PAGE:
FIG. 3 is a detailed perspective view of a portion of the chain assembly of FIG. 2 showing the mechanism for allowing the bag grabber support arms to pass over the end sprockets;
FIG. 4 is a detailed perspective drawing of the bag grabbers used in the packaging machine of FIG. 1;
FIG. 5 is a side elevation showing the bag grabber selecting a top bag from a stack of pre-formed bags;
FIG. 6 is a side elevation of the bag grabber with a bag loaded thereon and being drawn over products to be wrapped that are disposed at the machine's bag filling station;
FIG. 7 is a detailed drawing illustrating the indexing mechanism for driving the infeed conveyor in synchronism with the movement of the bag grabbers;
FIG. 8 is a perspective view of the cam follower assembly used in the device of FIG. 5;
FIG. 9 is a perspective view of the pusher actuating mechanism;
FIG. 10 is a side elevation of the device of FIG. 9 with the pusher and shuttle mechanism removed for clarity; and
FIG. 11 comprises a schematic timing diagram helpful in understanding the sequencing of the machine elements of FIG. 1.
Referring first to FIG. 1, there is indicated generally by numeral 10 the packaging machine comprising a preferred embodiment of the present invention. It is seen to include a structural frame, portions of which are identified by numeral 12. It may be fabricated out of steel tubes having a generally rectangular cross-section. The frame 12 is covered by sheet metal panels configured to shield the internal working mechanism of the packaging machine 12. Specifically, a top panel 14 is affixed to the frame 12 as are left and right end panels 16 and 18, respectively. A front panel 20 is partially broken away to better reveal certain internal working mechanism which will be described in greater detail hereinbelow.
An upper front panel 22 has an orbital slot 24 formed therethrough and shown projecting out through the slot 24 are a plurality of bag grabber support arms 26, each supporting a bag grabbing assembly 28. As will be described in greater detail below, the support arms 26 are affixed to links on a pair of chains 30 and 32 which are deployed about sprocket wheels mounted on common shafts so that the chains 30 and 32 will traverse their orbital path in unison and in parallel, spaced-apart relation. More particularly, and as shown in FIGS. 1 and 2, the chain 30 is deployed about a drive sprocket 34 mounted on a shaft 36, about an idler sprocket 38 affixed to a shaft 40 about a first end sprocket 42 affixed to a shaft 44 and about a second end sprocket 46 affixed to a shaft 48. Also affixed to the driven shaft 36 in parallel, spaced-apart relationship to the drive sprocket 34 is a drive sprocket 50 that cooperates with the chain 32. Chain 32 is deployed about an idler sprocket 52 on the shaft 40 and, thence, about end sprocket 54 that is affixed to the shaft 44 supporting sprocket 42. Finally, the endless chain 32 passes about end sprocket 56 that is affixed to the same shaft 48 as the sprocket 46. The shaft 36 has affixed to it a further sprocket (not shown) that is coupled by a chain 58 to a sprocket wheel 60 secured to the output shaft of a clutch (not shown) that is driven by an electric motor 62 mounted on structural frame members 12.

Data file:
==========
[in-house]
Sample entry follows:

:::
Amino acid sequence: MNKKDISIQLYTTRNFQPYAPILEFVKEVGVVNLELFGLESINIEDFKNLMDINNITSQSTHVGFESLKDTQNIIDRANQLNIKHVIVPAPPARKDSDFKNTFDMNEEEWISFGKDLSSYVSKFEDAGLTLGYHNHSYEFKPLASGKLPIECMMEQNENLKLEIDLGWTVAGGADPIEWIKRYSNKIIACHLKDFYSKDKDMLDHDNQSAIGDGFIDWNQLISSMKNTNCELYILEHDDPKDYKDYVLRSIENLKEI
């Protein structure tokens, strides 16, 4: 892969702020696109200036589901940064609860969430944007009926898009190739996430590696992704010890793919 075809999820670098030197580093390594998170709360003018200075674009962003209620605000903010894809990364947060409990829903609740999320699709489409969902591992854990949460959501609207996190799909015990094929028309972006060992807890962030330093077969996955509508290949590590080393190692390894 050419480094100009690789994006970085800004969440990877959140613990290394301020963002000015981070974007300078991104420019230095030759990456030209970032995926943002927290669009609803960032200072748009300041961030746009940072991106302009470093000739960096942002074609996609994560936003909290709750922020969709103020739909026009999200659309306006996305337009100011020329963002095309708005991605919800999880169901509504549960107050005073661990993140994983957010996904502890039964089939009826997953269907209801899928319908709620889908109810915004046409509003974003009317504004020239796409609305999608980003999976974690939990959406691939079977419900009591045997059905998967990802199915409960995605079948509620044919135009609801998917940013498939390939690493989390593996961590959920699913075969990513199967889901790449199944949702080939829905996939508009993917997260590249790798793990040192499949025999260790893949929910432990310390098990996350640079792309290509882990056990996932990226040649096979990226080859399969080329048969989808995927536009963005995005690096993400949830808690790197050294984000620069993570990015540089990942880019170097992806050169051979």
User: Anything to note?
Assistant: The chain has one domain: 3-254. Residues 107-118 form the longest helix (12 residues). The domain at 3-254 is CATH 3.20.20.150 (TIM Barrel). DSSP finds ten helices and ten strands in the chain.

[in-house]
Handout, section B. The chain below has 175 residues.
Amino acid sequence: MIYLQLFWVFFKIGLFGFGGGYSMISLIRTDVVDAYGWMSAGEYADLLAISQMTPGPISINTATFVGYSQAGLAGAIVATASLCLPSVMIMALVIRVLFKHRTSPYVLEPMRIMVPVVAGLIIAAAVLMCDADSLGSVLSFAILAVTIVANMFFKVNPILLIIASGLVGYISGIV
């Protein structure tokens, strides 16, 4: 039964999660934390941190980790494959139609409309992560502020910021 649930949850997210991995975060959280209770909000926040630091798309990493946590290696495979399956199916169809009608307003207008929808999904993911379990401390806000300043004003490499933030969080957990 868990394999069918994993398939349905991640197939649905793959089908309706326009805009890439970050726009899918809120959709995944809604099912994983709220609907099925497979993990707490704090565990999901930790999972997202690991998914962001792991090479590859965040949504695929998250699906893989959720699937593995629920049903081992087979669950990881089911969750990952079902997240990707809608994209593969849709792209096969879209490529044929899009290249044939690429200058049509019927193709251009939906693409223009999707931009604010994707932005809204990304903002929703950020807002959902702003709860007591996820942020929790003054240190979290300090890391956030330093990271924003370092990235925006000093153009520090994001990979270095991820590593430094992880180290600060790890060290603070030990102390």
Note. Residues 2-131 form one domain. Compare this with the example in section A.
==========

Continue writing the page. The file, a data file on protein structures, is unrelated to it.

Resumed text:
The drive sprocket 34 and the idler sprocket 38 being out of a coplanar relationship relative to the shafts 44 and 48 of the end sprockets 42 and 46 effectively causes the two chains to be divided into a first (upper) flight 64 and a second (lower) flight 66.
The partial perspective view of FIG. 3 is helpful in understanding the manner in which the bag grabber assemblies 28 are coupled to the parallel, spaced apart chains 30 and 32. Specifically, links of the two chains directly across from one another are replaced with specially shaped links 68 and 70 having an outwardly projecting stub with an aperture therethrough for receiving the cylindrical support arm member 26 therethrough. It can be appreciated that by virtue of this connection, the arm 26 at all times remains parallel to the shafts supporting the chain sprocket wheels throughout the entire orbital path defined by chains 30 and 32.
Affixed to the end portion 72 of the support arm 26 is a cam follower mounting block 74 to which a pair of cam rollers 76 and 78 are journaled. The cam rollers cooperate with an elongated cam member 80 that is divided into an ascending ramp portion 82 (FIG. 3), a horizontal cam portion 84 (FIG. 2) and a descending ramp portion 86 (FIG. 2). The cooperation between the cam rollers 76 and 78 and the cam member 80 insures that the support arms 26 will remain aligned with the orbital slot 24 formed in the front cover member 22 to maintain the orientation of the bag grabbers; also the chains 30 and 32 would otherwise sag between their support points at the several sprocket wheels.
With continued reference to FIG. 3, the mechanism used to assist the cam mounting block 74 in traversing the arcuate path about the sprocket wheels 46 and 56 will be described. Mounted to the frame proximate the pairs of end sprocket wheels 42, 54 and 46, 56 is a journal bearing 88 supporting a stub shaft 90 to which is affixed a lifter arm 92 and a chain sprocket wheel 94. A short, endless chain 93 is deployed over the sprocket wheel 94 and about a further sprocket wheel 96 affixed to and rotatable with the shaft 48. An identical assembly is associated with the end sprocket 42.